Everybody needs a good leek and potato soup recipe. I’ve made a few different recipes but have never found one I could love. This week, when I found myself once again in the presence of leeks, I was determined to create the perfect soup. I spread all the cookbooks I had with leek soup recipes out on the counter, skimmed over them, and came up with my own combination that I really like. Hopefully, you’ll find it comforting and simple, too.
9 oz. leeks (about 3 medium)
1 1/2 lbs. potatoes (about 4-5)
6 1/2 cups water
butter, salt, pepper
- Prepare your leeks. Slice off the root end and the tougher, dark green parts. Split in half and rinse out the grit. Coarsely chop.
- In your soup pot, melt 2 tbls. butter. Add the leeks, a dash of salt and pepper, and cook for about 10 or so minutes over medium until they are just starting to brown.
- Pour in the water and with a wooden spoon, rub off any brown bits on the bottom of the pan. Bring this to a low boil.
- While your water and leeks are heating up, peel the potatoes. (I used yellow. Red would probably be nice, also.) Cut into large cubes.
- Add the potatoes and about 1 tsp. salt. Simmer for about 40 minutes or until the potatoes are tender.
- Using an immersion blender, puree soup until smooth. (You could use your blender or food processor too, just be careful of splattering, hot soup.)
- A little bit of cream drizzled over the top of your cup of soup is lovely, but not necessary.
- We served it with homemade garlic croutons. I liked the little bit of crunch.
- Reheats well, so make plenty of it!
I was lucky enough to come into some leeks a little while ago and made this tart. Loaded with leeks, it made a tasty lunch. The recipe is from Bisto Cooking, a book given to me by a friend. This unassuming book is packed with recipes that have turned out to be amazingly simple and delicious. (Soon, I will commit to working my way through some of the many potato recipes.)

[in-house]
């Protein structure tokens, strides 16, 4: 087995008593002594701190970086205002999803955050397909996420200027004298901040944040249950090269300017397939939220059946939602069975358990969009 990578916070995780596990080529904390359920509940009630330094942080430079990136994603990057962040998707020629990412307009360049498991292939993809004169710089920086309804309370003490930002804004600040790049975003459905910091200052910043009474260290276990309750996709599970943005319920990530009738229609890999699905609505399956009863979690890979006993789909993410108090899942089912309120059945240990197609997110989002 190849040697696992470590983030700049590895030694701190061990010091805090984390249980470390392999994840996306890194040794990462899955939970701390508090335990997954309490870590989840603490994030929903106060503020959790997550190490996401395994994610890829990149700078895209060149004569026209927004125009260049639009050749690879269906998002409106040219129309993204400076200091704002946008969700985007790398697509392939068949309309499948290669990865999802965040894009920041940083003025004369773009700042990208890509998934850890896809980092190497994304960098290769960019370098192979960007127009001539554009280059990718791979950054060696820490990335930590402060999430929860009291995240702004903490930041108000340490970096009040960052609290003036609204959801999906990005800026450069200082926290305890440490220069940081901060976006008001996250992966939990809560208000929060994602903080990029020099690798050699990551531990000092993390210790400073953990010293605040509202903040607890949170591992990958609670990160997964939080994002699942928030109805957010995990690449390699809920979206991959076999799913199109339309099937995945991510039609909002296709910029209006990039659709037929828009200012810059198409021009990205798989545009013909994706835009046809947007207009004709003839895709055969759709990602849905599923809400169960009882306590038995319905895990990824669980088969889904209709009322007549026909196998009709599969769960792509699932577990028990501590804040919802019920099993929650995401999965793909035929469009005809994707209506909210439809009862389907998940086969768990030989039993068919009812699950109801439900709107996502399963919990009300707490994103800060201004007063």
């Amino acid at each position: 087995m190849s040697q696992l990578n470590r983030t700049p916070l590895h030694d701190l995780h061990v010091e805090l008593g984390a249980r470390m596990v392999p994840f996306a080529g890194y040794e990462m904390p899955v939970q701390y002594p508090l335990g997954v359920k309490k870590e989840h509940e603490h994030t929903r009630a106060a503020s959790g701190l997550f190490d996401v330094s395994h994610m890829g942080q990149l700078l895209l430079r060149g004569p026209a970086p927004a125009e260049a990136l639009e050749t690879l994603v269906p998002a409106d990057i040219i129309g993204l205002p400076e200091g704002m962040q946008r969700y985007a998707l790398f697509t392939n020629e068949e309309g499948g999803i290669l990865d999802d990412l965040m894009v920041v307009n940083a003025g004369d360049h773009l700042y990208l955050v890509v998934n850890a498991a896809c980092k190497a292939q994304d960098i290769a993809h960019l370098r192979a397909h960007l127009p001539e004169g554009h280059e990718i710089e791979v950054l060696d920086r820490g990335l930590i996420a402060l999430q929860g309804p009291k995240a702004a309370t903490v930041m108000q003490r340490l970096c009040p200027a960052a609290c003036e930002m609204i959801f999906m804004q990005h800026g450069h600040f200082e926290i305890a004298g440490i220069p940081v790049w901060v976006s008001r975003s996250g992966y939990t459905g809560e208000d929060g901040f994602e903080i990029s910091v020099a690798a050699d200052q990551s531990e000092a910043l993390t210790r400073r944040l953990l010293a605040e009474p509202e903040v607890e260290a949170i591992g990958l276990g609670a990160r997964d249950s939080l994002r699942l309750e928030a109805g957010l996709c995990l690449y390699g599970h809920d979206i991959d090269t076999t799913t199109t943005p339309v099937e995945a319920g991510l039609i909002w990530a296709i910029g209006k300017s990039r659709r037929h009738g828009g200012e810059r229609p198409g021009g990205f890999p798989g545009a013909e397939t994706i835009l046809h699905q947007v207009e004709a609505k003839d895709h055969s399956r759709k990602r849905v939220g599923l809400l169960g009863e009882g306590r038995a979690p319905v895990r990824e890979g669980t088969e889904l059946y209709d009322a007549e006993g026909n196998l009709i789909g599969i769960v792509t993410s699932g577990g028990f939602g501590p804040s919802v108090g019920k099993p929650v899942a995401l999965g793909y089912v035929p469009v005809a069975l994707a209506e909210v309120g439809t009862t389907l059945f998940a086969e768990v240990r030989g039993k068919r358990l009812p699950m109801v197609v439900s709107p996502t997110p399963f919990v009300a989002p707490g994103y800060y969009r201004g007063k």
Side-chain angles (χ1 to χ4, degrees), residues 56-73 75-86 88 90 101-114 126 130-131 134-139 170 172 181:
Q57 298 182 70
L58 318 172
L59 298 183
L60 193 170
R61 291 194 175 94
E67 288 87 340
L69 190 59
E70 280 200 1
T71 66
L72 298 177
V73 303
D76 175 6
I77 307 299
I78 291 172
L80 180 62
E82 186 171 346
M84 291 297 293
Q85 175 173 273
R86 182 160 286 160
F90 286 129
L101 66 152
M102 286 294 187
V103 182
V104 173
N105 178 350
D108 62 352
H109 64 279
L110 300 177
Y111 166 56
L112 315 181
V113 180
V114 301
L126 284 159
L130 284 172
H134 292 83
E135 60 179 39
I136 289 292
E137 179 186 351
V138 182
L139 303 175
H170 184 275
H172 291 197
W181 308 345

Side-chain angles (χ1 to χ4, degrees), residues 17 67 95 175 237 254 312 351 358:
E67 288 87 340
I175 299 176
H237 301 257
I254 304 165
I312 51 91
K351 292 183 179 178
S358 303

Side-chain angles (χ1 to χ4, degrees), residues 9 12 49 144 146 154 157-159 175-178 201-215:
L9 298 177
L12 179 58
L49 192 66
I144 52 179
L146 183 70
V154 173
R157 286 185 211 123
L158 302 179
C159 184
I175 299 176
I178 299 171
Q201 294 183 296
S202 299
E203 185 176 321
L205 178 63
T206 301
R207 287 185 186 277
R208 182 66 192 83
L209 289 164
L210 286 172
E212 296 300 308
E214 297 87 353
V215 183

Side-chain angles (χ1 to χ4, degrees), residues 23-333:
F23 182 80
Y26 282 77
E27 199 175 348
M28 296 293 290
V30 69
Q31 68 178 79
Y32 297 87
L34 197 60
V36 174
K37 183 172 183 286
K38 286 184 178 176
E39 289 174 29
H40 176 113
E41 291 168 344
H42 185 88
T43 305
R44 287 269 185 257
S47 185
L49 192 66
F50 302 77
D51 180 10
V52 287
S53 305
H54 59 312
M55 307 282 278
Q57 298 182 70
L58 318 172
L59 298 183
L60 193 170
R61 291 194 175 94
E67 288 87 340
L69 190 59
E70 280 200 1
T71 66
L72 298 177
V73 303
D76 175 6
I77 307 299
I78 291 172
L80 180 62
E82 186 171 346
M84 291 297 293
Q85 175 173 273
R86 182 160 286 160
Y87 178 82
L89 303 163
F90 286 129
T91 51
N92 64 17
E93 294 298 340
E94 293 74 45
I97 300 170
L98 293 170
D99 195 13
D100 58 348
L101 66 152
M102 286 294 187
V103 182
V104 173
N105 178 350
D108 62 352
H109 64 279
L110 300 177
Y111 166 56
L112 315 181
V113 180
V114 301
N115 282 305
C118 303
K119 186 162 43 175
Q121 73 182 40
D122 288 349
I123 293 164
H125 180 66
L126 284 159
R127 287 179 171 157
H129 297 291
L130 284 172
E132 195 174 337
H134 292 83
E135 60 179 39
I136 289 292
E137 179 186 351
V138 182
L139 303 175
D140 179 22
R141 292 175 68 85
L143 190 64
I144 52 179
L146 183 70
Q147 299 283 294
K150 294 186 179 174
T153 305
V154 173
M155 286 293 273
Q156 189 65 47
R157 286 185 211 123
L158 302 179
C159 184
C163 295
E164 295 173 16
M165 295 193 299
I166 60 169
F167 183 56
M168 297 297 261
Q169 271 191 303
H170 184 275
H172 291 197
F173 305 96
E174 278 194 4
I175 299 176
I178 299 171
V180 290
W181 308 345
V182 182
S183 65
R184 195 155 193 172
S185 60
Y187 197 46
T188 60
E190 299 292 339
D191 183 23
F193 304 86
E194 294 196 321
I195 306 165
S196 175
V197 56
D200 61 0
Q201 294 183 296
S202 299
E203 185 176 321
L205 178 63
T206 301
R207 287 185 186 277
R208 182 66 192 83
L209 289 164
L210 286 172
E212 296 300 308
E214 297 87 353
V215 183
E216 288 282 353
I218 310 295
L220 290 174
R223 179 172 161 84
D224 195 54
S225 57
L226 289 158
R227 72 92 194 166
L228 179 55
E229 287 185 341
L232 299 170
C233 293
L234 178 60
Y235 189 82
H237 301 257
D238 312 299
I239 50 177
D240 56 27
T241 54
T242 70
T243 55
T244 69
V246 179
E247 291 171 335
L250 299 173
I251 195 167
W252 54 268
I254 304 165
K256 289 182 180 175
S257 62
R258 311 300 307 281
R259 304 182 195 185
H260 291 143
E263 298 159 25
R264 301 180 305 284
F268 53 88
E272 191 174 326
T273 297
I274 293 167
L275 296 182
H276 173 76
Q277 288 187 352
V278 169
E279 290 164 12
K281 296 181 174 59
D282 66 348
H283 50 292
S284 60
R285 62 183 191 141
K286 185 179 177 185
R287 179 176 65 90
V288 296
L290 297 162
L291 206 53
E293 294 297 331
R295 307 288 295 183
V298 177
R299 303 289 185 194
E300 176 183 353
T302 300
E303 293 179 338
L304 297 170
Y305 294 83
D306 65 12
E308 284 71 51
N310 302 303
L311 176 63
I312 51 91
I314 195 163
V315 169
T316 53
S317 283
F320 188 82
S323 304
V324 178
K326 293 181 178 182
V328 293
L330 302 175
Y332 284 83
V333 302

1 cup all-purpose flour
7 tbls. unsalted butter
1/8 tsp. salt
3 tbls. water
Mix flour and salt. With a fork or pastry blender (just got one for Christmas – best tool ever!), crumble butter into flour until it resembles coarse crumbs. Fork in water and form a rough ball. Between plastic wrap, roll out dough and transfer to a 9-inch tart pan. (I think a pie plate would work just as well.)
about 3 pounds of leeks, rinsed and chopped coarsely
4 tbls. butter
1 tsp. salt
2 large eggs
1/4 cup cream
3 ounces prosciutto
1 cup grated cheese (gruyere or any snappy white cheese)
Melt butter over low and add leeks, salt, and some pepper. Cook until the leeks are soft for about 20 minutes. Spread out onto a plate to cool. (Drain any liquid that pools before you add to the filling.)
Spread half of the cheese and prosciutto into the tart shell.
Whisk the eggs and cream together. Add leeks. Pour into shell.
Sprinkle remaining cheese and prosciutto over the top.
Bake at 425F for 40 minutes.
CSA box this week: potatoes, leeks, kale, 2 ears of corn, garlic, ever-present squash
What to make? I put it all together (ok, not the kale and the squash) and made a soup. (Thanks, M. for the suggestion!)
Potato Corn Chowder
This soup was so good! Very simple and straightforward flavors, but it made me very happy. Quick! Make it while corn is still around. I don’t think that frozen corn would quite taste as delicious.
1 skinny leek, chopped finely
half an onion
2 cloves garlic
3 1/2 cups chicken stock
2 cups milk
6 small potatoes, unpeeled, small cubes
4 small ears of corn
salt, pepper, butter, olive oil
Chop the leek and the onion very small. Mince the garlic.
Put about a tablespoon each of olive oil and butter in the bottom of your soup pot over low to medium heat. When the butter begins to foam, add the leek, onions, and garlic. Toss some kosher salt and black pepper in. Stirring every once in awhile, cook this on low for awhile (about 15 minutes.) Do not brown.
Add in your stock. Simmer with a lid on low for about 15 minutes.
Add milk. Stir. Add potatoes. (I used half reds and half yellows.) Stir. Taste and adjust for salt. Simmer for about 15 more minutes. Add the corn about ten minutes before you want to eat.
This soup rewarms very well for lunch the next day, but I’m not so sure about the results if you would freeze it.